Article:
The supply side of the equation continues to dominate the oil market sentiment. The issues in Libya and Egypt in particular have dominated the media air waves and thus the market sentiment of oil market participants. Libyan production has been mostly shut in for an extended period of time as strikes continue at the export terminals. As such there have been no exports from a country that desperately needs the revenue stream.
Alongside Libya is the turmoil that has been ongoing in Egypt since the overthrow of their President. Yesterday alone hundreds were killed or injured as the military cracked down on pro-Morsi supporters. In fact the death toll has surged to 525 according to this morning's media reports. The country is a mess with no signs that the situation is getting any better anytime soon. Also let's not forget the ongoing civil war in Syria as well as the rise of violence in Iraq of late.
Needless to say the Middle East and North Africa are at a very high level of instability and as long as it lasts the risk premium will continue to grow in the price of oil with not much of a chance for a sizeable downside correction in oil prices anytime soon. Fear of further crude oil supply disruptions has been the main price catalyst over the last several weeks and has offset the prospects for a weakening demand picture. The robust production gains in the US have not been enough to offset the current and potential supply interruptions occurring at the present time.
Much like the rest of the oil complex the risk premium is hitting the Brent market more directly than the WTI market with the Brent/WTI spread in a mild widening pattern over the last three weeks or basically since the spread hit parity back on July 19th. In spite of the fact that the surplus crude oil situation in Cushing and the broader PADD 2 region of the US has been quickly dissipating the market has been more focused on the loss of supply from places like Libya as well as the interruption in North Sea supplies due to maintenance. Not only have many Forties cargoes been postponed from August to September now two September cargoes have been pushed forward with one of them now scheduled to load in October.
Although the longer term trend for the Brent/WTI spread remains in a narrowing pattern the shorter term trend has clearly switched from a simple short covering rally to a widening trend as the supply side of equation dominates the market sentiment and thus the spread. The new spot October Brent/WTI spread has been in a milder widening pattern than the expiring September spread. The Oct spread is in an upward trending channel currently bounded by support around the $1.85/bbl level and resistance around the $3.25/bbl level. Until the North Sea returns to normal production levels as well as a return to some level of stability in MENA the spread is likely to remain in its current short term widening pattern.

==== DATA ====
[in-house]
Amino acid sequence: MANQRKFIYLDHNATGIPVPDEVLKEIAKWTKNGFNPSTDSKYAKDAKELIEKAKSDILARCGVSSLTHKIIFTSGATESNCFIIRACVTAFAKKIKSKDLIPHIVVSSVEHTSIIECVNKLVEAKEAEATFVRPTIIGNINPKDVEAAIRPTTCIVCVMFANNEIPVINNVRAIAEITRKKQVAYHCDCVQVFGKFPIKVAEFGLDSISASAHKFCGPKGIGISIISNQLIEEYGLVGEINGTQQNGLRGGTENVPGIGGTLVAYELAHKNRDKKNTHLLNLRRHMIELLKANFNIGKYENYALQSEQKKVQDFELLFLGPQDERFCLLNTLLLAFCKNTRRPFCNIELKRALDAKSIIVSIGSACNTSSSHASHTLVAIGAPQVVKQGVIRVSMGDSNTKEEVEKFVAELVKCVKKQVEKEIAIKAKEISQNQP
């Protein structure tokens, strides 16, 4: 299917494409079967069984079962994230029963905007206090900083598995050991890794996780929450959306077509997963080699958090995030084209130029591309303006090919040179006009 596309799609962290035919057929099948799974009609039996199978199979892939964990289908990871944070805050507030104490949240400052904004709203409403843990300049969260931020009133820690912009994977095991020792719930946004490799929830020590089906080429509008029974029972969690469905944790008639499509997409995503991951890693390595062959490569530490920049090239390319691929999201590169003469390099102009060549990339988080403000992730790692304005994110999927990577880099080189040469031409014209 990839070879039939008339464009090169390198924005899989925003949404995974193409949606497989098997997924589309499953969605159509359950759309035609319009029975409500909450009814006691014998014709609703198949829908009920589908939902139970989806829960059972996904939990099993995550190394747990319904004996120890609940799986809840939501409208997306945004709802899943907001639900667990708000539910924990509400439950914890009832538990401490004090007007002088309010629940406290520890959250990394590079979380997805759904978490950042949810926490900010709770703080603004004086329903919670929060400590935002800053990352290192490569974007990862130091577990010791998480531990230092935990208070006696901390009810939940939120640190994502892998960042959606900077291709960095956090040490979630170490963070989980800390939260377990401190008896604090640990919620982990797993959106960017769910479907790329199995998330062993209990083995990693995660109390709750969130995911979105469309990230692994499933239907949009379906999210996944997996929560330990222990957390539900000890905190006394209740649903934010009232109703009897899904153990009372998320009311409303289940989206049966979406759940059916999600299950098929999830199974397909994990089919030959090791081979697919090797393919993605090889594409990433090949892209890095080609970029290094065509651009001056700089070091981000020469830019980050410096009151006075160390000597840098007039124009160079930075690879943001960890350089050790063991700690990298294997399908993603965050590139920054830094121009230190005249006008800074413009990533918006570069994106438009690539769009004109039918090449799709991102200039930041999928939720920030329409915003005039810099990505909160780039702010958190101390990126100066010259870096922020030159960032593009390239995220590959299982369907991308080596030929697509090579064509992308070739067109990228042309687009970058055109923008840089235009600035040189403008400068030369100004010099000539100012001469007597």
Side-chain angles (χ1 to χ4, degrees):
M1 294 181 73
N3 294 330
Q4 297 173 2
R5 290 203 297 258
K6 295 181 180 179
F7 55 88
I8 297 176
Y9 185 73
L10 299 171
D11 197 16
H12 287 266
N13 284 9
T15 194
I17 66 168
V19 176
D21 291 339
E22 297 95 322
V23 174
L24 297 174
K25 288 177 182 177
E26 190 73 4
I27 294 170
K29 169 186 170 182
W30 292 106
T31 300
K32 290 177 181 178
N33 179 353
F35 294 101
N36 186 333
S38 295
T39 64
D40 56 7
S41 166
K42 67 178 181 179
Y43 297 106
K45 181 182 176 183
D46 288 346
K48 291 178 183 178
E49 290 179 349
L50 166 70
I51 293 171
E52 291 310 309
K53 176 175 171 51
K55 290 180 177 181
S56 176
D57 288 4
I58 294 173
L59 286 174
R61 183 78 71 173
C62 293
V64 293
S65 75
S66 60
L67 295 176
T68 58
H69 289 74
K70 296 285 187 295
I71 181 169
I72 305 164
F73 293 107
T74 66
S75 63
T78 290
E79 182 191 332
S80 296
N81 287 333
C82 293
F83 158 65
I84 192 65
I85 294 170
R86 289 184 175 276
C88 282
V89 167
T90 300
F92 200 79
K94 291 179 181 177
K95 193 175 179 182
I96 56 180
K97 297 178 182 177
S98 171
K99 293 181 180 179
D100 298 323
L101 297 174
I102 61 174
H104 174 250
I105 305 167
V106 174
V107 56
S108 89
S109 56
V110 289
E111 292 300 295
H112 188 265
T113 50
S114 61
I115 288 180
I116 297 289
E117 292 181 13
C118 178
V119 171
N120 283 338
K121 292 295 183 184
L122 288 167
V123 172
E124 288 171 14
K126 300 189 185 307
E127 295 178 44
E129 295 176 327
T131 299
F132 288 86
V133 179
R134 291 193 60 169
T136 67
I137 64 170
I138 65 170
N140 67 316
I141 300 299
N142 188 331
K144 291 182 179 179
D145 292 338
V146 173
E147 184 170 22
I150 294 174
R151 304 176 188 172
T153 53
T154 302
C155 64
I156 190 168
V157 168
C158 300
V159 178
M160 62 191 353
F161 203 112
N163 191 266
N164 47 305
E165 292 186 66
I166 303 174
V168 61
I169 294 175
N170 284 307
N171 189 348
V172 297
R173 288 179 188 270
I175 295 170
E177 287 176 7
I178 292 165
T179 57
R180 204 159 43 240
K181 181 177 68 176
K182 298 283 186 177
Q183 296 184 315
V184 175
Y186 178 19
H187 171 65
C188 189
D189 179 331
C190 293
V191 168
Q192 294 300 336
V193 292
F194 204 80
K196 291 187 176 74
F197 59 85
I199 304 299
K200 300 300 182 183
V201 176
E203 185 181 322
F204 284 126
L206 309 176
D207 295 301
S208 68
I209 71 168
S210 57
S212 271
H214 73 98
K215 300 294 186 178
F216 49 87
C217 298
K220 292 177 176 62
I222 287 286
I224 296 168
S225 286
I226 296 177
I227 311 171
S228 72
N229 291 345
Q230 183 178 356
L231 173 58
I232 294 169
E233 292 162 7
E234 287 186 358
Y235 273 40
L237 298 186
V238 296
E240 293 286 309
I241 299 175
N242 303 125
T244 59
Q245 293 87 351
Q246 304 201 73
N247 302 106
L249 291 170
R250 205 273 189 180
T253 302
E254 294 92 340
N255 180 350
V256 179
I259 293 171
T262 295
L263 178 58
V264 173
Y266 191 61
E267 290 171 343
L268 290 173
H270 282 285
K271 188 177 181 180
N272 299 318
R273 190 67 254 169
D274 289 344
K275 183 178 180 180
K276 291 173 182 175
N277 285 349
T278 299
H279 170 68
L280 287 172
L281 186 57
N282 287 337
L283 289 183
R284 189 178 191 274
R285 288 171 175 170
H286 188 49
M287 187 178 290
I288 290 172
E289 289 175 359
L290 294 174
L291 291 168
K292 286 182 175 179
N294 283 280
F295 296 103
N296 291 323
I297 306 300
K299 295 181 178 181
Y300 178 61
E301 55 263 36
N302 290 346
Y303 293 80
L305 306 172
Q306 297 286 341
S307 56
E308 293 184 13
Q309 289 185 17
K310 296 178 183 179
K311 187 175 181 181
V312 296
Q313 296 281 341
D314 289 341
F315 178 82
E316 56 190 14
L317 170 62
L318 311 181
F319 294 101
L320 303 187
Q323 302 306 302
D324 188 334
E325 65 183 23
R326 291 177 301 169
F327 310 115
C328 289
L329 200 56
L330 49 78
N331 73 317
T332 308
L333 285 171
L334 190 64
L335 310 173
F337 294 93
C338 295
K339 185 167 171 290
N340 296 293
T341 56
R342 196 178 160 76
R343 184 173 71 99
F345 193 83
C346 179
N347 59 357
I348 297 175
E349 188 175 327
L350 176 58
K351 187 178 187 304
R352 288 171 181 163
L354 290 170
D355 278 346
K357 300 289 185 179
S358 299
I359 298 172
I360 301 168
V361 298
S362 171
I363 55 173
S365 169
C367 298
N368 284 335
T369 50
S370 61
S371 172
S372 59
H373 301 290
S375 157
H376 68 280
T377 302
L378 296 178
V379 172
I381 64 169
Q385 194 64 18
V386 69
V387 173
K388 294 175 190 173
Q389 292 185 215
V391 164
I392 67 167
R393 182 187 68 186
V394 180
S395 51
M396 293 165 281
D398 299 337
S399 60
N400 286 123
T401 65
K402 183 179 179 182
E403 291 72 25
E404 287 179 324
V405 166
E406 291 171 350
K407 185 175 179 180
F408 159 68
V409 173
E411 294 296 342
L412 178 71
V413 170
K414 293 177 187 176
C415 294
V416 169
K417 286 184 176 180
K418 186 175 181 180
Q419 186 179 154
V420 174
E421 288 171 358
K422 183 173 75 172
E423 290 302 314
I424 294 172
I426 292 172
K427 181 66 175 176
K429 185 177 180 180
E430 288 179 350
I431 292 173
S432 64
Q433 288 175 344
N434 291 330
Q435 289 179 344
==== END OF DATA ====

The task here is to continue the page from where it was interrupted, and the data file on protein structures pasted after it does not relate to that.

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On the tropical front there are now two weather patterns that have materialized. The closest one is an area of low pressure that is forming between the northeastern tip of Honduras and the Cayman Islands. Upper level winds are favorable for additional development of this disturbance over the next couple of days as it moves northwestward at 10 mph and should reach the Yucatan Peninsula later today. At the moment it is a high probability event having a 70 percent chance of becoming a tropical cyclone over the next forty eight hours and a high chance or 80 percent of becoming a tropical cyclone over the next five days as the environmental conditions are expected to be favorable for additional organization. Most of the models show this storm will likely to head into Mexico and not threaten US oil and NG operations in the northern Gulf. This weather pattern remains on our radar.
Tropical Depression Five is now in play located a few hundred miles southeast of the Cape Verde Islands. TD 5 is projected to strengthen to a storm in the next day or so as it moves westward toward the Caribbean. This storm is still far away from land and thus still an unknown as to if and when it will become an issue for oil and gas operations in the Caribbean or US. At the moment neither system is an imminent risk to oil and Nat Gas producing operations in the US Gulf of Mexico. That said the season is starting to pick up and must now be watched carefully as both of these systems develop over the next few days.
Global equity markets are back on the defensive over the last twenty four hours with eight of the ten bourses in the Index losing ground since the previous day's close. The Index is now showing a year to date loss of 1.5 percent… still well off of the worst levels hit in mid-July of this year. Global equities have been a negative price driver for the oil complex over the last twenty four hours. However, once again the US dollar has offset the equity markets as a price catalyst as the US dollar Index has been lower for the last two trading session and has provided a modicum of upside price support for the commodities markets. Overall the externals remain a neutral for oil and the broader commodity complex.